1. How has global change affected our communities and ourselves?
I am concerned about population pressures on the earth’s resources, land and justice issues.
(at age 93) I’ve retired from a sense of engagement in this concern. But I am also concerned about our reproductive capacity and its impact on God’s creation. The idea of ownership of the earth bothers me; earth is on lease from God
In the 19th century there was a belief that man was the master of all things. Today it is played out in our rape of the earth’s resources – but we are all subject to nature’s changes.
Look at the larger world – we know there are many things we should do differently. Individually we can make little changes, but it is easy to slip up. We must put into action what we already know. But North Americans are guilty.
As Thich Nhat Han says, “all things are inter-being.” These changes are happening to me, the broader me. We have to work on developing the feeling that man is part of nature.. Not sure how Quakers contribute to this, except that we are the universe. Everything touches.
Fewer bird sightings, movement of animals’ habitats to different climate zones, concern for future for grandchildren.
2. What actions have we taken in response….?
I am overwhelmed by information from Quaker Earthcare Witness , etc. “Globalism” has caused much of these issues, to support the high western standard of living.
Climate change is tied to “globalization.” I feel a sense of guilt every time I drive or fly – we may be forced to become vegetarians. (age 90?)
We need evidence regarding alternate energy generation that will counter the lack of will to change in Canada.
There is a culture of fear – of economic insecurity if we give up what we already have. This applies to the message to invest in ways that will support us in our retirement. So, in order to be “responsible” for ourselves, we buy mutual funds in industries we may not really want to support. What alternative models are more positive?
Increase in gardening to grow fresh foods, buying from farmers markets, trying to manage without a car, , holding out a hand to those less fortunate, e.g. grandmothers to grandmothers in Africa.
3. How do changes around us affect our relationship to God?…..
My own personal transformation is adequate for me, but only if it is balanced and extended by others‘ activism. I want to believe in the value of being an example.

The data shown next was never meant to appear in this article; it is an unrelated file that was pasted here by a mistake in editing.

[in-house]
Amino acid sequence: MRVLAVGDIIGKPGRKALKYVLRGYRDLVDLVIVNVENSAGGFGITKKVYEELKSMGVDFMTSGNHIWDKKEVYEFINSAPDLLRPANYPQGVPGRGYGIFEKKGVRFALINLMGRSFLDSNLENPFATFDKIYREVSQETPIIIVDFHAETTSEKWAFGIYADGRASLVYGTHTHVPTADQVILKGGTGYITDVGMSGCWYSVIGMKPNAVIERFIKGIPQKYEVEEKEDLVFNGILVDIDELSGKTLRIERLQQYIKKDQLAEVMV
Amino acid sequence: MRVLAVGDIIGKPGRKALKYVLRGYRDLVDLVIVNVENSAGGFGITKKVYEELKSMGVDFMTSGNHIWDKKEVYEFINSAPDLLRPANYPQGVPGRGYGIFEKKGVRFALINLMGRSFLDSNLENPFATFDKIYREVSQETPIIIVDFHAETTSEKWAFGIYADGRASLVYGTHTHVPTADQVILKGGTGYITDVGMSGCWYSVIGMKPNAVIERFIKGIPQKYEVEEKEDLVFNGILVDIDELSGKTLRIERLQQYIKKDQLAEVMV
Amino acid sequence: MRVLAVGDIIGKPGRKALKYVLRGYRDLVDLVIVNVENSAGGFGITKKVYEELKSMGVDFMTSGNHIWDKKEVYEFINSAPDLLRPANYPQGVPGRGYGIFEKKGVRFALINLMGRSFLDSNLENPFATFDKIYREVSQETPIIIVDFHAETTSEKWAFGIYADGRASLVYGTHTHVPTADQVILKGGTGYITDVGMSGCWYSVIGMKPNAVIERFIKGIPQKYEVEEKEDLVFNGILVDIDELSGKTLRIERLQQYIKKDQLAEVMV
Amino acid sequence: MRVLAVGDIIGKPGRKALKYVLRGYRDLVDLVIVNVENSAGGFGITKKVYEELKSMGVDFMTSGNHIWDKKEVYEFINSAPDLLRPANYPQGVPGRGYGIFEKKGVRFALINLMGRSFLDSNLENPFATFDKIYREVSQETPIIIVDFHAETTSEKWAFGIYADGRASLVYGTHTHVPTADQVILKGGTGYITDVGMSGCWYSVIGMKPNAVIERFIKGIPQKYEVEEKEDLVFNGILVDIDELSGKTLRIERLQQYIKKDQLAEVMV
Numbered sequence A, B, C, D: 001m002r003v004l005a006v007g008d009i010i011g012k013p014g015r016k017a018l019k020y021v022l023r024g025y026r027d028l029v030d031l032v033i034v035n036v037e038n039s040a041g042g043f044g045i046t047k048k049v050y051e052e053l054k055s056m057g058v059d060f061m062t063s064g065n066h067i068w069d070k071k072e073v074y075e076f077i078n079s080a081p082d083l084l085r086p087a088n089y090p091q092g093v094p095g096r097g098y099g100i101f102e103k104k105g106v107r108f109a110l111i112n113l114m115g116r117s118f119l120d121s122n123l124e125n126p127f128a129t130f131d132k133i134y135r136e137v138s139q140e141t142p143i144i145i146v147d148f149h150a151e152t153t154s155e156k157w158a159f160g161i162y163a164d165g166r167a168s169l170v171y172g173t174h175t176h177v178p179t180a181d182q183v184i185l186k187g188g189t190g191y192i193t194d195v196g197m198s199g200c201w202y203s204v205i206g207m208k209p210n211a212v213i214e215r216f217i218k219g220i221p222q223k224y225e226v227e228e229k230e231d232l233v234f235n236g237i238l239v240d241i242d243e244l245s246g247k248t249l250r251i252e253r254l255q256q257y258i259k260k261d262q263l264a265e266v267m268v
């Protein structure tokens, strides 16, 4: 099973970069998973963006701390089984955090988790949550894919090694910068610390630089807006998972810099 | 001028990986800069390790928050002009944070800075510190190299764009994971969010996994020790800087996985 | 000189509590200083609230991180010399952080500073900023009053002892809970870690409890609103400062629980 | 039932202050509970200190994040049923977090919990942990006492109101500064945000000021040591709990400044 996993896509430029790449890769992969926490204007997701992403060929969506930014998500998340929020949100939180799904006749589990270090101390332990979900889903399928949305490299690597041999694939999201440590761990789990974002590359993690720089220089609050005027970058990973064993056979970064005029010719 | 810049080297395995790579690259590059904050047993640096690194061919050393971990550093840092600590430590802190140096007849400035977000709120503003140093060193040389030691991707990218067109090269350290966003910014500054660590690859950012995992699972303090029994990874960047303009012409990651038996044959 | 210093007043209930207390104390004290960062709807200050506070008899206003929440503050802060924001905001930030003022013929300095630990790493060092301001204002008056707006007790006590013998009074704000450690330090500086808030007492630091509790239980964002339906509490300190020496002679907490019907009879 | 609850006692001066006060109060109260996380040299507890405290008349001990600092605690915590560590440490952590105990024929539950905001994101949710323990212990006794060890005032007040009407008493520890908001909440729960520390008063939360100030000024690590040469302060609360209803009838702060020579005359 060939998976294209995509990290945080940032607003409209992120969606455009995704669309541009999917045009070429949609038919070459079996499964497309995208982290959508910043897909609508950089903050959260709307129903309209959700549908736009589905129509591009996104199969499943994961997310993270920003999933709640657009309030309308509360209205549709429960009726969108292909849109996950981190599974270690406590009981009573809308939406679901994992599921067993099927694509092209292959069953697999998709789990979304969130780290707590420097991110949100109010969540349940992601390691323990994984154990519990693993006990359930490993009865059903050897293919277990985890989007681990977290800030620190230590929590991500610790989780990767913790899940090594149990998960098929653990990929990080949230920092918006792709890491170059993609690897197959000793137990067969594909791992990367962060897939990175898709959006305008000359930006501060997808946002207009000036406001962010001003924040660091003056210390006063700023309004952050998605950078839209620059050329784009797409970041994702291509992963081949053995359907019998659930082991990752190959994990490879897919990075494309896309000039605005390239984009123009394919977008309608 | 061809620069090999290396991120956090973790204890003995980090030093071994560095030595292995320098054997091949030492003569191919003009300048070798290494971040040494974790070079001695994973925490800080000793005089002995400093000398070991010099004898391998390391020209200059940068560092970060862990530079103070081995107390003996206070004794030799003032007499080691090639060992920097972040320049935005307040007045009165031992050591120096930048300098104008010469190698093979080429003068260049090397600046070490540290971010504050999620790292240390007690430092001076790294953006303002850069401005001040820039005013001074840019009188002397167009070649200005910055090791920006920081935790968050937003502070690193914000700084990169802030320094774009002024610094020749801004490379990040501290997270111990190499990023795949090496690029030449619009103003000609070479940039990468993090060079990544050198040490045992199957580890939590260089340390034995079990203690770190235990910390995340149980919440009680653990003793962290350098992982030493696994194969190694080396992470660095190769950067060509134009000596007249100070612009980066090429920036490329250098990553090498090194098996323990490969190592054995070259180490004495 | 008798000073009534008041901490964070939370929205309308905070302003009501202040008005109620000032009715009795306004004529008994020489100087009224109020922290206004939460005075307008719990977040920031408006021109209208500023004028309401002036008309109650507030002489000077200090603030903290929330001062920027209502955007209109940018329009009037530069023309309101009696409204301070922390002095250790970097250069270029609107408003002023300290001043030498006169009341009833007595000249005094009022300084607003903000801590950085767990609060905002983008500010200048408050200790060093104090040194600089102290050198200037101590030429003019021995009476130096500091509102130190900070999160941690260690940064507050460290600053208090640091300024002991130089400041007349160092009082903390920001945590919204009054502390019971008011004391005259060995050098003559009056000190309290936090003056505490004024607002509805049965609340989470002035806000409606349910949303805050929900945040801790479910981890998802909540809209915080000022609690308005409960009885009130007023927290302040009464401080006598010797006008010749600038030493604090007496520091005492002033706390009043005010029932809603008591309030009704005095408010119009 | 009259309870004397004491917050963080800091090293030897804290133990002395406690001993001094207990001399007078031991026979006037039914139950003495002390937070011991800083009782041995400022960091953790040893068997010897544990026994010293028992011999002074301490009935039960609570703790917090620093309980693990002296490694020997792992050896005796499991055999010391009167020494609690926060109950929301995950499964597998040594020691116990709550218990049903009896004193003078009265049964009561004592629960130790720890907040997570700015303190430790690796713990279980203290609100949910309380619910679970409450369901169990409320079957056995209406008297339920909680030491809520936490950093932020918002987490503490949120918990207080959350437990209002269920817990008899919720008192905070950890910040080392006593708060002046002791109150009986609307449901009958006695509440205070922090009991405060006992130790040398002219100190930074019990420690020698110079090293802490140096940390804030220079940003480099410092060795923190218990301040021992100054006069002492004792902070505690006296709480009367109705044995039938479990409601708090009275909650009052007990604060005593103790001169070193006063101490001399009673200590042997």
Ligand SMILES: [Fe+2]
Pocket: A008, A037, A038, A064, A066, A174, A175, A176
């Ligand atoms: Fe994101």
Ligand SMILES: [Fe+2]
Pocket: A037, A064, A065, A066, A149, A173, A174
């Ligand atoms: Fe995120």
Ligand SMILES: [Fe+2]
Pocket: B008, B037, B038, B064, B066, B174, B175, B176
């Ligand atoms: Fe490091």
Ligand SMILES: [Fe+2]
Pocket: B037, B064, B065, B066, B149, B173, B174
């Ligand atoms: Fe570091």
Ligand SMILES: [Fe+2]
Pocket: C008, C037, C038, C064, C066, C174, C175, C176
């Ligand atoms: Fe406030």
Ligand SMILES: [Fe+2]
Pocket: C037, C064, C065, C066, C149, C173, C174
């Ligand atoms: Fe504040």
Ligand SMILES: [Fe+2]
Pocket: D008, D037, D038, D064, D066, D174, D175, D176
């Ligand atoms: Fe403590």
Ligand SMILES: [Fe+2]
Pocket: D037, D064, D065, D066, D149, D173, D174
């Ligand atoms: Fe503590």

I want my life to fit with my pronouncements…all of a piece with being a Friend.. I can’t tell anyone else what to do; I have to acknowledge my own shortfalls.
4. What stories and experiences from past times… might inspire us?
5. How can we bear witness to the abundance God offers us….?
How do we articulate our spiritual response? Treat people as individuals and see the divine in each one.
How do we nicely point out opportunities to conserve energy when we see unnecessary air conditioners, opportunities for solar water heaters, etc. (long list). There are many potential solutions.
We need to heed Gandhi’s statement: “what we need is high thinking and simple living. Instead, we have simple thinking and high living.”
Human potential is infinite, with God’s grace. But we have to acknowledge our morality. Political power is demonic; economic power is destructive.
What would Christ teach about today’s world? He said, my kingdom is not of this world, but we do live in this world. We have to question our own negative contribution. The Gulf oil spill really moved me. These are the questions God is putting to us. Will there be a positive response before we depart (aged 94). We need His merciful guidance.
Quakers have the experience of putting the spirit of love and service into practice – not as a sentimental emotion.
This is our great task, as Friends: “Service before Self.”
6. How can we support one another… in order to be messengers of the transforming power of love and hope?
This is important; I worry about the apocalyptic view, and forgetting the positive.
The Dali Lama says we have the opportunity to extend the horrors of the 20th century, or use the 21st century for dialogue. Transform into right, moral, spiritual thinking. It’s not that we can’t; it’s that we don’t.
I start from the belief if that of God in every person and love your neighbor as yourself. But I have three recent experiences of encountering people/groups that have the opposite position to mine on an issue in which I thought the “right” position was simply obvious. How do we love one another through these differences?
Quaker way is to ask to look for “that of God: on each side and use our compassion for one another. Don’t believe “we” will have the answer – that’s presumptuous.
We need to learn more about the positive effects of something that has been portrayed as negative. One newspaper covered the amount of electricity produced by wind generators during the recent windstorm.
Believe in the “abiding love of God.” The human material world changes; truth does not change. We have the freedom, power to manage change. If we ignore the spiritual vision, we become media driven, rather than spirit-led.
Take example of native and indigenous people in their view of creation and the Creator.